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State v. Ramoz

Court of Appeals of Oregon

October 9, 2019

STATE OF OREGON, Plaintiff-Appellant,
v.
TALON DUANE RAMOZ, Defendant-Respondent.

          Argued and submitted September 28, 2018; resubmitted en banc March 7, 2019.

          Jackson County Circuit Court 15CR47950; Timothy Barnack, Judge.

          Timothy A. Sylwester, Assistant Attorney General, argued the cause for appellant. Also on the brief were Ellen F. Rosenblum, Attorney General, and Benjamin Gutman, Solicitor General.

          Anne Fujita Munsey, Deputy Public Defender, argued the cause for respondent. Also on the brief was Ernest G. Lannet, Chief Defender, Criminal Appellate Section, Offce of Public Defense Services.

          Before Egan, Chief Judge, and Armstrong, Ortega, Hadlock, DeVore, Lagesen, Tookey, DeHoog, Shorr, James, Aoyagi, and Powers, Judges, and Landau, Senior Judge.

         Case Summary:

         The state appeals from an order granting defendant a new trial under ORCP 64 B. Defendant was convicted at a jury trial of two counts of rape in the first degree and two counts of unlawful sexual penetration in the first degree. After the judgment of conviction was entered, defendant moved for a new trial under ORCP 64 B(1) on the basis that the jury instructions had omitted an element of the crime. During trial, defendant had stipulated to two of the four instructions he now claims as error and had not objected to any. The trial court [299 Or.App. 788] granted defendant's motion for a new trial under ORCP 64 B(1), concluding that the instructional error was an irregularity in the proceeding of the court. The state appealed.

         Held:

         The trial court erred in granting defendant a new trial. A trial court's failure to instruct the jury properly, under the circumstances presented here, is not an irregularity in the proceedings of the court under ORCP 64 B(1).

         En Banc

         [299 Or.App. 789] SHORR, J.

         The state appeals the trial court's order granting defendant a new trial under ORCP 64. The issue in this case is whether a defendant is entitled to a new trial under ORCP 64 B when the defendant initially consents to the trial court's jury instructions, but, after the verdict, the trial court concludes that the same instructions were incorrectly given.[1]ORCP 64 B(6) provides that a party may obtain a new trial where there has been an "error in law" affecting the party's substantial rights, but that rule requires that the party object or except to the claimed error. Defendant did not object or except to the claimed error here. Indeed, as to two of the four contested jury instructions, defendant stipulated to the very instructions that he now claims were given in error, and he did not object or except to any of them after they were read in open court. Under these circumstances, defendant was not entitled to a new trial under ORCP 64 B(6).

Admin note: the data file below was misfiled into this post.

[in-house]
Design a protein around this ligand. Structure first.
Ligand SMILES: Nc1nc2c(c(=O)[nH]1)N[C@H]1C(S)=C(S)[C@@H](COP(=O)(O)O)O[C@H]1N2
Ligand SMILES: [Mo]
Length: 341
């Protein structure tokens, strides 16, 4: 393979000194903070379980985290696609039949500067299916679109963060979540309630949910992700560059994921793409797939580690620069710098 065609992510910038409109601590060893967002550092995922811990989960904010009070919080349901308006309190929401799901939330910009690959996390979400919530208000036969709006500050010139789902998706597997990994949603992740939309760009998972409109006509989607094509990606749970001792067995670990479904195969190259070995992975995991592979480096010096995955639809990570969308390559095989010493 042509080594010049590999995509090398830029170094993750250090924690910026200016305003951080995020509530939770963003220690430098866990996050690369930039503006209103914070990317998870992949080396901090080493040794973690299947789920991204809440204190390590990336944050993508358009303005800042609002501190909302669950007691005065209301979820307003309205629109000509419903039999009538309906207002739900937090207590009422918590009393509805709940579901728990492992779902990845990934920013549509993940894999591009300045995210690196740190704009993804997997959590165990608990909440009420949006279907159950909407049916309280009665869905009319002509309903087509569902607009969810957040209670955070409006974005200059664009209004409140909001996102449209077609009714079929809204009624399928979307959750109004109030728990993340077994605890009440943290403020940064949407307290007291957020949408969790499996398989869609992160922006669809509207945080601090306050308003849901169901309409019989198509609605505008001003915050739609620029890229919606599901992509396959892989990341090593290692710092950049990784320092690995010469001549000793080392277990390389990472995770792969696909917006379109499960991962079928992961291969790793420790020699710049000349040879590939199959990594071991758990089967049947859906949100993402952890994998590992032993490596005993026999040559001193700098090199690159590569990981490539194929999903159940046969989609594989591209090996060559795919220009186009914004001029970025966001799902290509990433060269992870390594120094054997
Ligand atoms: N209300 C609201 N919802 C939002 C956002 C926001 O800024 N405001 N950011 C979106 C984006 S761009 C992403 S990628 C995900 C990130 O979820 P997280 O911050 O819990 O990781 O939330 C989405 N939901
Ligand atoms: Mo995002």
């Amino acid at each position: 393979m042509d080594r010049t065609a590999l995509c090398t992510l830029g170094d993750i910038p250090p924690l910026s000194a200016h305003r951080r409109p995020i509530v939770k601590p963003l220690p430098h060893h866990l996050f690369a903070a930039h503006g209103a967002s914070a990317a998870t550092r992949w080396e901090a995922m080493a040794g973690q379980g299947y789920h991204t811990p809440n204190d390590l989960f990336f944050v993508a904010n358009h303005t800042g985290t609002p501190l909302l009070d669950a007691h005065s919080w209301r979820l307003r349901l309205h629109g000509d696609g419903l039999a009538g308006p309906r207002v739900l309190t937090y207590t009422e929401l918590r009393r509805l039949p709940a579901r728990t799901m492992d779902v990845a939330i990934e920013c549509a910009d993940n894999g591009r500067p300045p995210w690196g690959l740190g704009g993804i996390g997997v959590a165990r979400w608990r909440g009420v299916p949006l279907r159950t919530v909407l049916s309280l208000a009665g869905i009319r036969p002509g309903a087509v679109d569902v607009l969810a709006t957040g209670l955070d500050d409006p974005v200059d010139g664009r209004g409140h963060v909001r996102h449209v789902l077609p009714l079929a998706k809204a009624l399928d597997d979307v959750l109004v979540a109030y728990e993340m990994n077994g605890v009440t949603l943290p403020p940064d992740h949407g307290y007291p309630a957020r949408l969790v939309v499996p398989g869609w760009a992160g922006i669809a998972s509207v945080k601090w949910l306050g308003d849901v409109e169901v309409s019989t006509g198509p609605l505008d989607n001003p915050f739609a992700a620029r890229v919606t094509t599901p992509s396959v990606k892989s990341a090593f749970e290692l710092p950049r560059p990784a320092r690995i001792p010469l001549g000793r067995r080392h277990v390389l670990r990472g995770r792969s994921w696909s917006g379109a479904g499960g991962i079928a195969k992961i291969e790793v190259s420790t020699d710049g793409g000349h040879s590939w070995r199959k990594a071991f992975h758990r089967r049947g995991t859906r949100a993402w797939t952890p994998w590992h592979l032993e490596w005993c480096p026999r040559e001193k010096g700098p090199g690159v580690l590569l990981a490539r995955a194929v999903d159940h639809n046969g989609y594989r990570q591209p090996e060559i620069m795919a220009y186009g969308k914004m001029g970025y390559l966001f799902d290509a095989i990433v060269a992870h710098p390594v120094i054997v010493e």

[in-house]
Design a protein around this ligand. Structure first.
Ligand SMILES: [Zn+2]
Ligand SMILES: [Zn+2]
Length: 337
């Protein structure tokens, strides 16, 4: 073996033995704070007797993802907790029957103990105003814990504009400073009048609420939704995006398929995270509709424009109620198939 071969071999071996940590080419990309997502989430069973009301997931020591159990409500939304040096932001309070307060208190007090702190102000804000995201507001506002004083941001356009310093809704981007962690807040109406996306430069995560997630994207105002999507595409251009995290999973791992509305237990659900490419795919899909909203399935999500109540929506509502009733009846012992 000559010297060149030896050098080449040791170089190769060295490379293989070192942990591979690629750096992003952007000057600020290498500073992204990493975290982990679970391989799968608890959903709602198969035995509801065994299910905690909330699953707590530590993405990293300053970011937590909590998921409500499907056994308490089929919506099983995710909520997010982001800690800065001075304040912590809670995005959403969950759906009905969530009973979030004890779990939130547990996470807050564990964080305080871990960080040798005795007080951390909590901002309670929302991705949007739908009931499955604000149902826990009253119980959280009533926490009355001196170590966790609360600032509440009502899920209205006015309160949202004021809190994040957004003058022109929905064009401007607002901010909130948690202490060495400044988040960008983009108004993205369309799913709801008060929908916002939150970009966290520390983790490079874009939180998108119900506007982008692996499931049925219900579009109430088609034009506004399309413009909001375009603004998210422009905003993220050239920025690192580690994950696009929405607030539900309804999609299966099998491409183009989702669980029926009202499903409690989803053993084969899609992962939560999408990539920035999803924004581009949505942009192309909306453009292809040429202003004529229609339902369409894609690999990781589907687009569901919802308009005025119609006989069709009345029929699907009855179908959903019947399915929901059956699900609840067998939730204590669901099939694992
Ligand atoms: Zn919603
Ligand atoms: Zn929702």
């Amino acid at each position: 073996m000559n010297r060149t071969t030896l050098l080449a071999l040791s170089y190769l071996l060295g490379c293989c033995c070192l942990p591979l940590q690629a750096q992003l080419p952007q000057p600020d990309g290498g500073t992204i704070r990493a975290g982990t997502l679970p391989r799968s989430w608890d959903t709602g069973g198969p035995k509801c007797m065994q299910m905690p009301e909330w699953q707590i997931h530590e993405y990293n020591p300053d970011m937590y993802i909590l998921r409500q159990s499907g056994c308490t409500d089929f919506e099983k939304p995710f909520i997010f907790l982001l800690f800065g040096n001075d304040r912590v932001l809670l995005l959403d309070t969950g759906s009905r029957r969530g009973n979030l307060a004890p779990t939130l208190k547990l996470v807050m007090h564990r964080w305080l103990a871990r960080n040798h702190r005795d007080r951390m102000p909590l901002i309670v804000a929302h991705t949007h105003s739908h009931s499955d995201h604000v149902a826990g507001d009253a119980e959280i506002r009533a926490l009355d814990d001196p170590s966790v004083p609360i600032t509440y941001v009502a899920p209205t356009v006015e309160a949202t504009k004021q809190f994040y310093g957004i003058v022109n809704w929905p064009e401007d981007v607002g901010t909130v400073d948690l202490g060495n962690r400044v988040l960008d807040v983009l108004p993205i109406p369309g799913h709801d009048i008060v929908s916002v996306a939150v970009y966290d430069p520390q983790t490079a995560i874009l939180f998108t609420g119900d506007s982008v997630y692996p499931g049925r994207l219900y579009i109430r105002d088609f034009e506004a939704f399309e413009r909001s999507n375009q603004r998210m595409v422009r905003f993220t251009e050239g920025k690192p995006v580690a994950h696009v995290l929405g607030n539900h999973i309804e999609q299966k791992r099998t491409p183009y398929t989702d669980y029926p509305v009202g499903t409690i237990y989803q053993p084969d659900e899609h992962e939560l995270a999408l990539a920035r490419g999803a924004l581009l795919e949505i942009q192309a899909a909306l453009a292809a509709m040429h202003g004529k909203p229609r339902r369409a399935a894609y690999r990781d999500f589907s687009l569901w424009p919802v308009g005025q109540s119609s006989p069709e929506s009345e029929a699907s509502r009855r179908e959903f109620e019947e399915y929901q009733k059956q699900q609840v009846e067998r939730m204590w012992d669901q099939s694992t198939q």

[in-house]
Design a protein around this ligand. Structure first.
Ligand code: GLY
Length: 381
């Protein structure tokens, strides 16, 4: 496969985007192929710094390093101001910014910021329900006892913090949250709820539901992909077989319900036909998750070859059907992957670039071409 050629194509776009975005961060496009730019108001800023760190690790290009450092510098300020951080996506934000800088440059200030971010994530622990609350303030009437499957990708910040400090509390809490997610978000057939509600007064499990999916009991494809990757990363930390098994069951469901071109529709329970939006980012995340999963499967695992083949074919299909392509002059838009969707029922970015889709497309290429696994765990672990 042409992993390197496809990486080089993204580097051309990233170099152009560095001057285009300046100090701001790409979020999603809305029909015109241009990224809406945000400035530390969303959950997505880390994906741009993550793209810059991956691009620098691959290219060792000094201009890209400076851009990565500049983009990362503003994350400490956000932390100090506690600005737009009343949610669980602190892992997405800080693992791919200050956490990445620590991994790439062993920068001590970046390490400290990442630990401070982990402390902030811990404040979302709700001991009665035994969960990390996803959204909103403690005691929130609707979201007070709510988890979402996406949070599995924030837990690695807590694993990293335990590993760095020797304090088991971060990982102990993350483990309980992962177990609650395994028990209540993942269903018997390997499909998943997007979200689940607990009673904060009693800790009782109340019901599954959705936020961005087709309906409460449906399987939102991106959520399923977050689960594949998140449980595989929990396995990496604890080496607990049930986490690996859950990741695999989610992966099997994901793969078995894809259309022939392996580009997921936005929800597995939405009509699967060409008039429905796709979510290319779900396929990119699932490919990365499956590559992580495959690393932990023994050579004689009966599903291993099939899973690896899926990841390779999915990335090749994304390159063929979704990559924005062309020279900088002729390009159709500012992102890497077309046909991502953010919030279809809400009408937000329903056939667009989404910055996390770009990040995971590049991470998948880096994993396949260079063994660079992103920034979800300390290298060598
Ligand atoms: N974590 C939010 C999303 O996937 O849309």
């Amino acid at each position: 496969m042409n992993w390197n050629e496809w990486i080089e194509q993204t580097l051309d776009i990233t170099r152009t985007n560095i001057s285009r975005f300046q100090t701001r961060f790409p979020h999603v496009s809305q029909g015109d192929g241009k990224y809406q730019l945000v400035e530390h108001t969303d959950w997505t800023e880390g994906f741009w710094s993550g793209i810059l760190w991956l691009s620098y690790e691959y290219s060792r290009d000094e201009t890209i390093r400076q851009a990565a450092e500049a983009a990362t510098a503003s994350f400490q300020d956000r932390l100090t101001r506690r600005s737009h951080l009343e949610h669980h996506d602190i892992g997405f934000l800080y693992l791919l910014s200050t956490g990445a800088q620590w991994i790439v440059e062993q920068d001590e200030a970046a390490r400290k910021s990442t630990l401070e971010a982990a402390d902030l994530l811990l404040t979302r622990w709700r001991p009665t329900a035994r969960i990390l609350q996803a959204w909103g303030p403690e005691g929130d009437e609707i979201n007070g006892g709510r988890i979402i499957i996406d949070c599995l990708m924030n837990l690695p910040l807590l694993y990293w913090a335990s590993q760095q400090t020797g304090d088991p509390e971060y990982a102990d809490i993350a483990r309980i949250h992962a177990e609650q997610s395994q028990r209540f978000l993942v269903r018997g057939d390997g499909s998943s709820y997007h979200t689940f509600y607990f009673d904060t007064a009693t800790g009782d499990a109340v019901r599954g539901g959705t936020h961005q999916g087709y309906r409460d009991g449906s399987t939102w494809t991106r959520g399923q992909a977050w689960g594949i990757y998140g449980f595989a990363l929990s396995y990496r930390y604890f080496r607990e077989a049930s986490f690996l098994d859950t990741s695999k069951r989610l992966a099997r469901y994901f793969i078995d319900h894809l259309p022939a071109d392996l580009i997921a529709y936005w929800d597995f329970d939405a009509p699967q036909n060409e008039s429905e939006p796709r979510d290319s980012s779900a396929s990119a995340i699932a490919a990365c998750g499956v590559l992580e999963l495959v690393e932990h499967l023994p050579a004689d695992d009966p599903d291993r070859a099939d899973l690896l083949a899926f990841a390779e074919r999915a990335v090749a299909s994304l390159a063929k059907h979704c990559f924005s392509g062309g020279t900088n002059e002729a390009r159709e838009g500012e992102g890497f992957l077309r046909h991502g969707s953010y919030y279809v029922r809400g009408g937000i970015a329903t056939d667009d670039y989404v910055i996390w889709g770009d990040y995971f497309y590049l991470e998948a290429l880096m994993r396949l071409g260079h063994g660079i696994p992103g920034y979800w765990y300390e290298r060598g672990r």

Defendant nevertheless contends that he is entitled to a new trial under ORCP 64 B(1) because the claimed instructional error is an "irregularity in the proceedings of the court." ORCP 64 B(1) does not require a party to object or except to the "irregularity" before seeking a new trial. As we discuss below in greater detail, that argument is unavailing. A trial court's failure to instruct the jury properly, although error, is not an "irregularity in the proceedings of the court." To conclude otherwise in these circumstances would permit a party to either stipulate or fail to object to instructional error and nevertheless obtain a new trial as an "irregularity" under ORCP 64 B(1). That would render meaningless the requirement that a party object to legal error to obtain a new trial under ORCP 64 B(6). Even assuming that there may be instances in which a trial court's conduct can be both legal error and "an irregularity in the proceedings of the court," there is nothing in this record that demonstrates [299 Or.App. 790] that the claimed error here is an irregularity in the proceedings. Instructional error, although unfortunate, can occur as part of the regular proceedings of any trial and occasionally does. That type of error is subject to correction through a direct appeal. If the instructional error is not objected or excepted to, it is subject to plain-error review. State v. Gray, 261 Or.App. 121, 129, 322 P.3d 1094 (2014). When a claimed instructional error is not objected to or excepted to, however, it is not a proper subject of a motion for new trial under ORCP 64 B(1).